At Air Force Space Command, computer warriors no longer have laptops and mouses.
They have "weapons systems."
In a bid to merge the techie world of computer security with the sharply creased world of the Air Force, leaders this year designated six "weapons systems," which the Peterson Air Force Base command will use to wage war in cyberspace. They're a mix of hardware and software that are used to detect and defeat threats to the Air Force computer network.
"This is very real," explained Brig. Gen. David Buck, the command's director of operations.
The command is four years into its venture into computer warfare, and leads Air Force efforts in that realm.
Buck said the network of computers, wiring, switches and people is seen as a "domain" - a place where the military will fight, like the air and sea.
That means the tools used to fight - as inane as an email - are "weapons."
There are some serious advantages to the weaponry designation. It makes it easier for the Air Force to come up with cash to pay for them. The computer tools in the new definition are paid for under the same guideline the Air Force uses to buy satellites and fighter jets.
The computer weaponry will get an estimated $20 million in 2014.
The change also forces commanders to re-examine their computer systems the same way the Air Force would determine whether a bomb is effective.
"It adds operational rigor," Buck said.
The weapons carry names only an information technology manager could love.
The definitions of what they accomplish is slightly more digestible.
One would probe the Air Force's computer network for vulnerabilities and come up with ways to fix them. It will also "engage threats:"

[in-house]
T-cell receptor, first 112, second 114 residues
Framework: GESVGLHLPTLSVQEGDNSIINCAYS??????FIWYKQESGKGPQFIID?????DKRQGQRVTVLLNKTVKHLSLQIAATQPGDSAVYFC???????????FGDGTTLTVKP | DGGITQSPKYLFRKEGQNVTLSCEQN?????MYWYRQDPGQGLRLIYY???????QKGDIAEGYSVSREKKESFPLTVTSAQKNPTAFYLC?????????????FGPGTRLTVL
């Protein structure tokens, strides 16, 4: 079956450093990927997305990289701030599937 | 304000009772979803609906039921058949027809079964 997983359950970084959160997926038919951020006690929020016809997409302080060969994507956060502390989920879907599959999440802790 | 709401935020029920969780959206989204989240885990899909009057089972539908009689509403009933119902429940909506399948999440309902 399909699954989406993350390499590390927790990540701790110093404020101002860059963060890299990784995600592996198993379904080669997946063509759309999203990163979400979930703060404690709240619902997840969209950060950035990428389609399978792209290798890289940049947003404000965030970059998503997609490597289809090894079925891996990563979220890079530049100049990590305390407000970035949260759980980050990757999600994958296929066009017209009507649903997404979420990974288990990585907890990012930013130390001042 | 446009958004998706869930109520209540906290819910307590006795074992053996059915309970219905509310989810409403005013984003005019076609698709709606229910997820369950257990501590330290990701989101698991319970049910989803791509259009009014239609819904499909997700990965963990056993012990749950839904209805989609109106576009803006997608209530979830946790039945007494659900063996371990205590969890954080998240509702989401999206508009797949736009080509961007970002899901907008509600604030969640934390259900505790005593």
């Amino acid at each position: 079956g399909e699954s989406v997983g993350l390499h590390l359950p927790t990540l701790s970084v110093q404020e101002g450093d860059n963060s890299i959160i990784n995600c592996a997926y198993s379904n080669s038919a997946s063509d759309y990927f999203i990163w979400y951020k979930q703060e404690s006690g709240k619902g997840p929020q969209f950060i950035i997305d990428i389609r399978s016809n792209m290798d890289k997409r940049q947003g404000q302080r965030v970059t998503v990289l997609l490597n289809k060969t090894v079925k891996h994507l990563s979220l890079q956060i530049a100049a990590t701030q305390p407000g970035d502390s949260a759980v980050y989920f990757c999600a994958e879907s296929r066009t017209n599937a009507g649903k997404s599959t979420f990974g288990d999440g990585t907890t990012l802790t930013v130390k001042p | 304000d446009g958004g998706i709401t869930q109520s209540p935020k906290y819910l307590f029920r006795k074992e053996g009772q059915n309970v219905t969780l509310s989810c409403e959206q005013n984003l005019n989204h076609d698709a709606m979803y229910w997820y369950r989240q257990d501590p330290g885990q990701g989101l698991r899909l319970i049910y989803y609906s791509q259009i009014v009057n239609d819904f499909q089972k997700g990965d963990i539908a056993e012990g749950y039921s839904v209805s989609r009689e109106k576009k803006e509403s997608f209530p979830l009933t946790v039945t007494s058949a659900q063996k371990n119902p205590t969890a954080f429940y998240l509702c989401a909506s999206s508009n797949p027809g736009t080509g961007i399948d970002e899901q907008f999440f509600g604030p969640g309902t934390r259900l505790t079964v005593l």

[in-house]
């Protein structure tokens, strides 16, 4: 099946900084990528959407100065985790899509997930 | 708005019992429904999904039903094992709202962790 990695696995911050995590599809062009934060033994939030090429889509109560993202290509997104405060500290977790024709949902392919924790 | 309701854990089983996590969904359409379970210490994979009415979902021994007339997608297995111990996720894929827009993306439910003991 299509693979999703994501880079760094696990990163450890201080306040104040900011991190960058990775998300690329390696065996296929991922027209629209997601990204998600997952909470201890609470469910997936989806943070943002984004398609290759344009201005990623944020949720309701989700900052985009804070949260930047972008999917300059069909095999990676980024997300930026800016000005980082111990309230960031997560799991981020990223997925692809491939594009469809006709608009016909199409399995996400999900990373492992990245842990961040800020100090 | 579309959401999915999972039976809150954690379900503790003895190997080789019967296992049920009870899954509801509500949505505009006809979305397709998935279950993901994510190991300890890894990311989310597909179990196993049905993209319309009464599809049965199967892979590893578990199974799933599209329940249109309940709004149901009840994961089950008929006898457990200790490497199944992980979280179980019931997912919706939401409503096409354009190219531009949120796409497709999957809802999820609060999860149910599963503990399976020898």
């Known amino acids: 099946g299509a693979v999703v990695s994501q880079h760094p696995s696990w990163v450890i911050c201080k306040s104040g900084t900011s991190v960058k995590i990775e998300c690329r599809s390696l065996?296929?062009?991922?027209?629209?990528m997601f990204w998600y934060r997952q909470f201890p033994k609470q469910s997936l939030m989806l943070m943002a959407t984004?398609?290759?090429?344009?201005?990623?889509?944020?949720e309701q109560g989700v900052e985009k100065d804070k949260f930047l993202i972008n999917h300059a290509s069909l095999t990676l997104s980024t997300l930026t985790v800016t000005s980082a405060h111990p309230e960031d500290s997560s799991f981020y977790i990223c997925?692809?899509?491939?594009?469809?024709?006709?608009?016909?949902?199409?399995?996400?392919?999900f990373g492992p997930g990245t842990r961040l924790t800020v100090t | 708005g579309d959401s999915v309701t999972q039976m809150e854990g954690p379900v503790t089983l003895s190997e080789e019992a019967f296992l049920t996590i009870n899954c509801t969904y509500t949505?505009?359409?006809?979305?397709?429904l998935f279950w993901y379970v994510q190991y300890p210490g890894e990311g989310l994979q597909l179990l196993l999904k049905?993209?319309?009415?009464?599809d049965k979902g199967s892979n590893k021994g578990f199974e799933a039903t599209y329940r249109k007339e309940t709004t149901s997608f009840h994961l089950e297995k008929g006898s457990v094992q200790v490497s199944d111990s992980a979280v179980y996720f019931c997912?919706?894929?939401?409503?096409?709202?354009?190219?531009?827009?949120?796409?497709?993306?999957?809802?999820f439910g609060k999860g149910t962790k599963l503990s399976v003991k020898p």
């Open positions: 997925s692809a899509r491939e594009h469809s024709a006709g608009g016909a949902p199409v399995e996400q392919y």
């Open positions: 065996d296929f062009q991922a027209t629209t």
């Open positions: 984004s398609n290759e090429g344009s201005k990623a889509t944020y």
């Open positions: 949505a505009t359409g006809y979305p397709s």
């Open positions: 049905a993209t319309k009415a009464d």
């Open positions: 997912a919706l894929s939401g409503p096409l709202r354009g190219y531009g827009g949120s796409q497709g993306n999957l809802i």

Air Force language for attacking the enemy.
Another looks for information leaks on Air Force networks.
Most of the "weapons" manage and protect existing Air Force networks, ensuring that everything runs as planned while keeping watch for threats and actively defending against them.
A key system would cut the number of ties the Air Force has to the wider Internet to 16 - down from the 144 portals that now exist.
Most of the systems are in the testing phase now.
The "Cyberspace Vulnerability Assessment/Hunter System," used to probe internal weaknesses and take on threats, was deemed operational in June.
When the weapons become operational, they can be interwoven into Air Force war plans.
"We want to build and develop combat effects," Buck said.
But they're all being used now.
"We understand the cyber underpins every single operation in the military," Buck said.
Buck said the Air Force faces daily attempts to crack its networks.
"We get millions on the network every day," he said.
Along with the new weapons, the command is also building an eager computer warfare work force.
"They can legally play using their cyber tools," Buck said.